In early 1992, Intel spearheaded the creation of another industry group. It was formed with the same goals as the VESA group in relation to the PC bus. Recognizing the need to overcome weaknesses in the ISA and EISA buses, the PCI Special Interest Group was formed.

The PCI bus specification was released in June 1992 as version 1.0 and since then has undergone several upgrades. PCI redesigned the traditional PC bus by inserting another bus between the CPU and the native I/O bus by means of bridges. Rather than tap directly into the processor bus, with its delicate electrical timing (as was done in the VL-Bus), a new set of controller chips was developed to extend the bus.

The PCI bus often is called a mezzanine bus because it adds another layer to the traditional bus configuration. PCI bypasses the standard I/O bus; it uses the system bus to increase the bus clock speed and take full advantage of the CPU's data path.

Systems that integrate the PCI bus became available in mid-1993 and have since become a mainstay in the PC. Information typically is transferred across the PCI bus at 33MHz and 32 bits at a time. The bandwidth is 133MBps, as the following formula shows:

33.33MHz x 4 bytes (32 bits) = 133MBps

Currently, the 64-bit or 66MHz and 133MHz variations are used only on server- or workstation-type boards and systems. Aiding performance is the fact that the PCI bus can operate concurrently with the processor bus; it does not supplant it.

The CPU can be processing data in an external cache while the PCI bus is busy transferring information between other parts of the system—a major design benefit of the PCI bus.

A PCI adapter card uses its own unique connector. This connector can be identified within a computer system because it typically is offset from the normal ISA, MCA, or EISA connectors found in older motherboards. See Figure 1 for an example.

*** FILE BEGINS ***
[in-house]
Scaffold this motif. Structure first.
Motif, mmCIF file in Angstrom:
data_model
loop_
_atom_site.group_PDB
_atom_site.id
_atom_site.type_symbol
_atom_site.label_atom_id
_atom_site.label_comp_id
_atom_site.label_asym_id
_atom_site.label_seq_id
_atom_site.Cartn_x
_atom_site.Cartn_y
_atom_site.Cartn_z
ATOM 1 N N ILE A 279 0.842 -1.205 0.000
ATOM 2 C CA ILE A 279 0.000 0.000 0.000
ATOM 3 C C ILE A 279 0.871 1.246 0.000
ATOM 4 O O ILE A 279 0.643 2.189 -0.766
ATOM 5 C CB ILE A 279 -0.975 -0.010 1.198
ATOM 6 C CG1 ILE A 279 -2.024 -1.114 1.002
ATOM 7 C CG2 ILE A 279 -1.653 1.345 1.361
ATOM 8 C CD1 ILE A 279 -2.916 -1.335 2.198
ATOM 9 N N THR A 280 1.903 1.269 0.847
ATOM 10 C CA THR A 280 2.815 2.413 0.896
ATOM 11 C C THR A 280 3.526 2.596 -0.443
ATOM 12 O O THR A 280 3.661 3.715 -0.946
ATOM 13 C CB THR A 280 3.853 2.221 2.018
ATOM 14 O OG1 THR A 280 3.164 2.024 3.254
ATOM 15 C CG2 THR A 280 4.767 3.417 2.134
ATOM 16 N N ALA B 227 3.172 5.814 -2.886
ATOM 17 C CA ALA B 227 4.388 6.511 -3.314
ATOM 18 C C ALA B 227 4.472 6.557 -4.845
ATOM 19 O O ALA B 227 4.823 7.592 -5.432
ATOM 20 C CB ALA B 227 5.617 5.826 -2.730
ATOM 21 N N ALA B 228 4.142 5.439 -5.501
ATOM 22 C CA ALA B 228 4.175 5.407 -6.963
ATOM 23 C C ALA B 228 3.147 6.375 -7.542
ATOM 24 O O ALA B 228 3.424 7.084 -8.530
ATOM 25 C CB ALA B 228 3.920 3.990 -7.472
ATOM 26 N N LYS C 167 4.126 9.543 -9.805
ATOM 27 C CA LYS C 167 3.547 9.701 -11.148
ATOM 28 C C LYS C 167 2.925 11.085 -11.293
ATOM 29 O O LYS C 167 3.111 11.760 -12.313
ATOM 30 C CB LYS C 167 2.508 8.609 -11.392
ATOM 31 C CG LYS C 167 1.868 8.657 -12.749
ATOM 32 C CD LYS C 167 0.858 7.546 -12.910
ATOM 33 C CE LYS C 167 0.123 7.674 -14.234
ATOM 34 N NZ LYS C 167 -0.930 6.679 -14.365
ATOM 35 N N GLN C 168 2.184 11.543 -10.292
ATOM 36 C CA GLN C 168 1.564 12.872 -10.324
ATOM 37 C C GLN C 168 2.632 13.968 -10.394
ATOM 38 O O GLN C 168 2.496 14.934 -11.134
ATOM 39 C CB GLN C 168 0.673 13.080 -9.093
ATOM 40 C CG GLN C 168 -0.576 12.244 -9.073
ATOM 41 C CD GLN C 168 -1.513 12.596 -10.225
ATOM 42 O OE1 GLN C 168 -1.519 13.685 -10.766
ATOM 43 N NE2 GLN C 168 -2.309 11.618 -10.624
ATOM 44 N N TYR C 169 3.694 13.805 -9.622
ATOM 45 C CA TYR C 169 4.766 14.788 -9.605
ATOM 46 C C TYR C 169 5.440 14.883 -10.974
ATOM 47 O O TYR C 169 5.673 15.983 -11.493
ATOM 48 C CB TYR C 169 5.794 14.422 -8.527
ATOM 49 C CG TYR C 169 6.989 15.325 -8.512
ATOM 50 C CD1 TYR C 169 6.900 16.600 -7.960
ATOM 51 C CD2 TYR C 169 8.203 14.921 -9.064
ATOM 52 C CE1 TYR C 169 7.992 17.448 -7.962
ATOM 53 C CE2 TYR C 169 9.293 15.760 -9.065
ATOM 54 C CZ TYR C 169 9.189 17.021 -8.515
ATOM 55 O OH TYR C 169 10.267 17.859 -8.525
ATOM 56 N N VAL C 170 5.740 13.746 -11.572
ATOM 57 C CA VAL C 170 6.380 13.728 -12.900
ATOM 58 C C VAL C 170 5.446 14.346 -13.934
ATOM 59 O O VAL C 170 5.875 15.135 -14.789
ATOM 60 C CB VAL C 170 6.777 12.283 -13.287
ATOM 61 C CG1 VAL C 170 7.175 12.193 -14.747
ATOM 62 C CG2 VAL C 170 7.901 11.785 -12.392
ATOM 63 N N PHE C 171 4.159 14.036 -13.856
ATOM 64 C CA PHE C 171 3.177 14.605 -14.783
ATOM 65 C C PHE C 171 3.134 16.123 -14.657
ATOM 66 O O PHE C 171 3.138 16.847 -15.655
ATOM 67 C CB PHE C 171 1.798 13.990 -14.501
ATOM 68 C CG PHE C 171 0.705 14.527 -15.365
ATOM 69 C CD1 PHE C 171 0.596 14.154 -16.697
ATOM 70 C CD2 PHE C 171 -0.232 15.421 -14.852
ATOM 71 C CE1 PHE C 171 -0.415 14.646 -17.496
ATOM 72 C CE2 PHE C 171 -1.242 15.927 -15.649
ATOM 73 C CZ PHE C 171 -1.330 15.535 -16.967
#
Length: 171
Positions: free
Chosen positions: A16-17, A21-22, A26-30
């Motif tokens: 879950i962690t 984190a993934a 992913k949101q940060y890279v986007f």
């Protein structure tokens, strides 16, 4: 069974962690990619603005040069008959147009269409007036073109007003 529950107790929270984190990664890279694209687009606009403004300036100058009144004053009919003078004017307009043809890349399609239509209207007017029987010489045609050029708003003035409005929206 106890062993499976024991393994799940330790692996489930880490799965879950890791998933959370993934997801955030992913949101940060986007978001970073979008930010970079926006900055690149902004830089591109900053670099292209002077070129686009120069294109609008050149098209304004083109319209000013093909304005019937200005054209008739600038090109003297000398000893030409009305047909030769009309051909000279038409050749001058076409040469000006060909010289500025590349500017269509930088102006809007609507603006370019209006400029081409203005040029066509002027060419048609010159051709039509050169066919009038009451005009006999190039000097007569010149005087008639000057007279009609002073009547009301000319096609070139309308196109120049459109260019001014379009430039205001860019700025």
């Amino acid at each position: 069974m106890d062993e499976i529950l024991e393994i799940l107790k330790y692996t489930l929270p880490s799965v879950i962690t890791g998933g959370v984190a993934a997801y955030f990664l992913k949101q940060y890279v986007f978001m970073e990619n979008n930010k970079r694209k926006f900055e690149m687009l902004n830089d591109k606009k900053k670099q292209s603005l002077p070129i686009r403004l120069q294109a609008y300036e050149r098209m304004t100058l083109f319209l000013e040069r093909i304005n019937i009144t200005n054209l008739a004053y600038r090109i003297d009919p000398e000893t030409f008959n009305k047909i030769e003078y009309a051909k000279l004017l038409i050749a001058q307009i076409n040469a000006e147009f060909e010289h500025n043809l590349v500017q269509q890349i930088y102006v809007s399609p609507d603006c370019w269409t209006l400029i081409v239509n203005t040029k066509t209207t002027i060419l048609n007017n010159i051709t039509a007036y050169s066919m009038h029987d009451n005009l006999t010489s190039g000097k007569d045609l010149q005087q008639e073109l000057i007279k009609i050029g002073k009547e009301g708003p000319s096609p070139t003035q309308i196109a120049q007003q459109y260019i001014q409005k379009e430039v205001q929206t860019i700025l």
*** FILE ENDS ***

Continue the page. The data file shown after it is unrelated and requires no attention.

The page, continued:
Typical configuration of 32-bit 33MHz PCI slots in relation to ISA or EISA and AGP slots

The size of a PCI card can be the same as that of the cards used in the system's normal I/O bus. The PCI specification identifies three board configurations, each designed for a specific type of system with specific power requirements; each specification has a 32-bit version and a longer 64-bit version.

The 5V specification is for stationary computer systems (using PCI 2.2 or earlier versions), the 3.3V specification is for portable systems (also supported by PCI 2.3), and the universal specification is for motherboards and cards that work in either type of system.

64-bit versions of the 5V and universal PCI slots are found primarily on server motherboards. The PCI-X 2.0 specifications for 266 and 533 versions support 3.3V and 1.5V signaling; this corresponds to PCI version 2.3, which supports 3.3V signaling.

Figure 2 compares the 32-bit and 64-bit versions of the standard 5V PCI slot to a 64-bit universal PCI slot. Figure 3 shows how the connector on a 64-bit universal PCI card compares to the 64-bit universal PCI slot.

A 32-bit, 33MHz PCI slot (top) compared to a 64-bit 33MHz PCI slot (center) and a 64-bit universal PCI slot that runs at 66MHz (bottom).

A 64-bit universal PCI card (top) compared to the 64-bit universal PCI slot (bottom).

Notice that the universal PCI board specifications effectively combine the 5V and 3.3V specifications. For pins for which the voltage is different, the universal specification labels the pin V I/O. This type of pin represents a special power pin for defining and driving the PCI signaling rail.

Another important feature of PCI is the fact that it was the model for the Intel PnP specification. Therefore, PCI cards do not have jumpers and switches and are instead configured through software.

True PnP systems are capable of automatically configuring the adapters, whereas non-PnP systems with ISA slots must configure the adapters through a program that is usually a part of the system CMOS configuration. Starting in late 1995, most PC-compatible systems have included a PnP BIOS that allows the automatic PnP configuration.